Evening in Brazil brings bossa nova, jazz to Peery’s Egyptian Theater

Evening in Brazil brings bossa nova, jazz to Peery’s Egyptian Theater

OGDEN — The warmth of Brazil comes to chilly Ogden next week.

February’s offering in the Excellence in the Community free concert series will be Evening in Brazil, a Utah band that performs bossa nova and other Brazilian jazz music. The concert begins at 7 p.m. Monday, in Peery’s Egyptian Theater, 2415 Washington Blvd. Admission is free, and no tickets are required.

Don Keipp, who taught music at Weber State University for 27 years, is a percussionist with Evening in Brazil. He said the evening of classic bossa nova music is the perfect antidote to a cold February evening in Northern Utah.

“The bossa nova was really popular in the late ’50s into the ’60s, and it just reminds you of the beach and a relaxed atmosphere,” Keipp said. “It’s a very warm music.”

Eric Nelson, the saxophonist with Evening in Brazil, said the band was formed more than a decade ago at Utah State University. Nelson and guitarist Mike Christiansen, as Lightwood Duo, were performing at an engineering department Christmas party and they’d included a couple of bossa nova numbers.

After the show, Christopher Neale, who’d spent more than two decades as a professor of irrigation engineering at USU, approached the two men.

“He said, ‘I play guitar, and I’m from Brazil! We should play together!’” Nelson recalls.

They later added USU student Linda Jordan, whose mother is from Brazil, as a vocalist. Keipp and Ogden bassist Lars Yorgason also joined the group, as well as drummer Travis Taylor.

“Originally, we just played in Logan every year for the past 10 years,” Keipp said. “Then we played at the Gallivan Center, also at the Viridian Center — we even had a gig in Omaha, Nebraska, that was canceled due to a tornado. That was a first.”

Some members of the band have since scattered. Jordan married and moved to Las Vegas, and in 2013 Neale left Logan to work as the director of research at the Robert B. Daugherty Water for Food Institute at the University of Nebraska.

Keipp says it’s gotten harder to get together; they’ve got this February show, and then one or two coming in June.

“We haven’t done that many gigs each year,” Keipp admits, which he says can actually be an advantage. “It’s just a blast to get together, because it’s fresh and new every time. I just love playing with these guys.”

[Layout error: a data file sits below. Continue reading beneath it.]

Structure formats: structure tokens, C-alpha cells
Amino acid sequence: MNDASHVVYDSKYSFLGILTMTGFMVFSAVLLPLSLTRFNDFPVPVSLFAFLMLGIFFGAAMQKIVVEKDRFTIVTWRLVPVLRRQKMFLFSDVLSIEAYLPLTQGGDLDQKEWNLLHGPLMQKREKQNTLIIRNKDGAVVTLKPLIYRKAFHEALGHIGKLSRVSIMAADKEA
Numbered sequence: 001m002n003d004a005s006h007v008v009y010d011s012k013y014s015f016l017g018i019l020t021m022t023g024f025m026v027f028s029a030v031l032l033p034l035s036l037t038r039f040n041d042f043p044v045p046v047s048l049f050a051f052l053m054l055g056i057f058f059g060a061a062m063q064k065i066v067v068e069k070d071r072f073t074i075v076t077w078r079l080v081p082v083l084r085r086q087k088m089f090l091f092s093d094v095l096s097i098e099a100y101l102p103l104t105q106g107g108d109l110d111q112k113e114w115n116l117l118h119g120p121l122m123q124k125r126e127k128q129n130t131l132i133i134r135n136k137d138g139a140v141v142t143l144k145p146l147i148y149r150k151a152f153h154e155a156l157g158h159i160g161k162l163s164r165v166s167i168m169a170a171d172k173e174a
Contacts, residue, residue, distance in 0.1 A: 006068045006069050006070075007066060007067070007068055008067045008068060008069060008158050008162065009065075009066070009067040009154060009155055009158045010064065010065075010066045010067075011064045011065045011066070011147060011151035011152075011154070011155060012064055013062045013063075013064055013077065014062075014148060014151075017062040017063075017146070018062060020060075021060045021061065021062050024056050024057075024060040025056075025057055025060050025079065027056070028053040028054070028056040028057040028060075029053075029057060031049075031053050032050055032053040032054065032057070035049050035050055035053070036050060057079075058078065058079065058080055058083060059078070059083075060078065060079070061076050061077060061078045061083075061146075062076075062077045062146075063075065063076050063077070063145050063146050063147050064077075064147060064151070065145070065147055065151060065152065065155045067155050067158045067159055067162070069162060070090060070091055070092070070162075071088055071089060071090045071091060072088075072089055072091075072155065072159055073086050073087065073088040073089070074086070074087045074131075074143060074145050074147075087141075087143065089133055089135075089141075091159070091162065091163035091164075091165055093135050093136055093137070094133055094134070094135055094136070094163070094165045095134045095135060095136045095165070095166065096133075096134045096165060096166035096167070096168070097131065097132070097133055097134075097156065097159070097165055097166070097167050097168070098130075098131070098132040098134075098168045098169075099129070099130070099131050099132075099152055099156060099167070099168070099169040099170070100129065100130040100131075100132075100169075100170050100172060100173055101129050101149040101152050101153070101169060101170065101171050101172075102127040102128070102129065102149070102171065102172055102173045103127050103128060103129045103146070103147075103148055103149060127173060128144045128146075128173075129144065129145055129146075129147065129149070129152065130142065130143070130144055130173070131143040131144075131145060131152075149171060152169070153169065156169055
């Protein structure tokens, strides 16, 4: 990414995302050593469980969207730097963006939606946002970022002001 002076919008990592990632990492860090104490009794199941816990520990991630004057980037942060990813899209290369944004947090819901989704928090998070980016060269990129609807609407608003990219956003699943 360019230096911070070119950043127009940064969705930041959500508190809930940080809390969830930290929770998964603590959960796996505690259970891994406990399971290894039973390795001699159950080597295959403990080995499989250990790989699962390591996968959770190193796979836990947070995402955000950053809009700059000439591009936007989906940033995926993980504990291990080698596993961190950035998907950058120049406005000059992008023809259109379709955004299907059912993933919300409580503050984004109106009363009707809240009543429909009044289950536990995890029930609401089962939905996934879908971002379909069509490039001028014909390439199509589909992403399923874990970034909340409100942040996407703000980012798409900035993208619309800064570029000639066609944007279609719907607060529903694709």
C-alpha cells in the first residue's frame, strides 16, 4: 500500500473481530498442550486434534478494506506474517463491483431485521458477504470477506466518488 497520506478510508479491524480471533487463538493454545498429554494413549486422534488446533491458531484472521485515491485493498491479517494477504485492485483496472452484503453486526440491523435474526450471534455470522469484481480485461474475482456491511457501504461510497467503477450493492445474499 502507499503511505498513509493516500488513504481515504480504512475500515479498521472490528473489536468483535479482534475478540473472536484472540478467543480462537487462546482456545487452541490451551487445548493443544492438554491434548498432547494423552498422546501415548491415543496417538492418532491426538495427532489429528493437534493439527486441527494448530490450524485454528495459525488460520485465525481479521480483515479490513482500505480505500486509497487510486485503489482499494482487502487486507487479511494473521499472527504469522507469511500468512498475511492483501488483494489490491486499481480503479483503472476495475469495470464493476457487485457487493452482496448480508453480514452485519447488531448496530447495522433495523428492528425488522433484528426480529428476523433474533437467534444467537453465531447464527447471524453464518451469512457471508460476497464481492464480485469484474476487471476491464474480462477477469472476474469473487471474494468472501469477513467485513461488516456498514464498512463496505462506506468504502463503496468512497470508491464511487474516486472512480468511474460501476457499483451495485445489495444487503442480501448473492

Nelson says although the band didn’t play a single show together last year, they’ll all get together on Sunday afternoon in Logan to rehearse for Monday’s show. And that should be enough.

“If you’re over-rehearsed, you sometimes lose that edge and intensity,” Nelson said.

Keipp also said there’s a certain amount of spontaneity and improvisation involved in Evening in Brazil performances. He paraphrases a musician who once compared the genre to a popular children’s building-block toy.

“Brazilian jazz, and jazz in general, is like Legos,” Keipp said. “Each musician is like one of those Lego blocks — they just fit together.”

Indeed, Keipp remembers playing a gig in Oklahoma one time where the bandleader told the audience he wanted to introduce the band members.

“He then literally introduced us, as band members, to each other,” Keipp said.

Nelson said everybody has heard a couple of bossa nova tunes — like Antonio Carlos Jobim’s “The Girl from Ipanema” — but there’s a lot more Brazilian music to be experienced.

“It’s amazing how much beautiful, beautiful music there is that people just don’t know,” Nelson said. “It has such beautiful melodies, sophisticated chord changes and harmonies — and the rhythm is fascinating.”

And, Keipp says, you simply can’t beat live music. He still teaches some online courses, and he still requires his students to attend live performances.

“It’s just not the same as listening to it on a recording,” Keipp said. “Live music is always better.”

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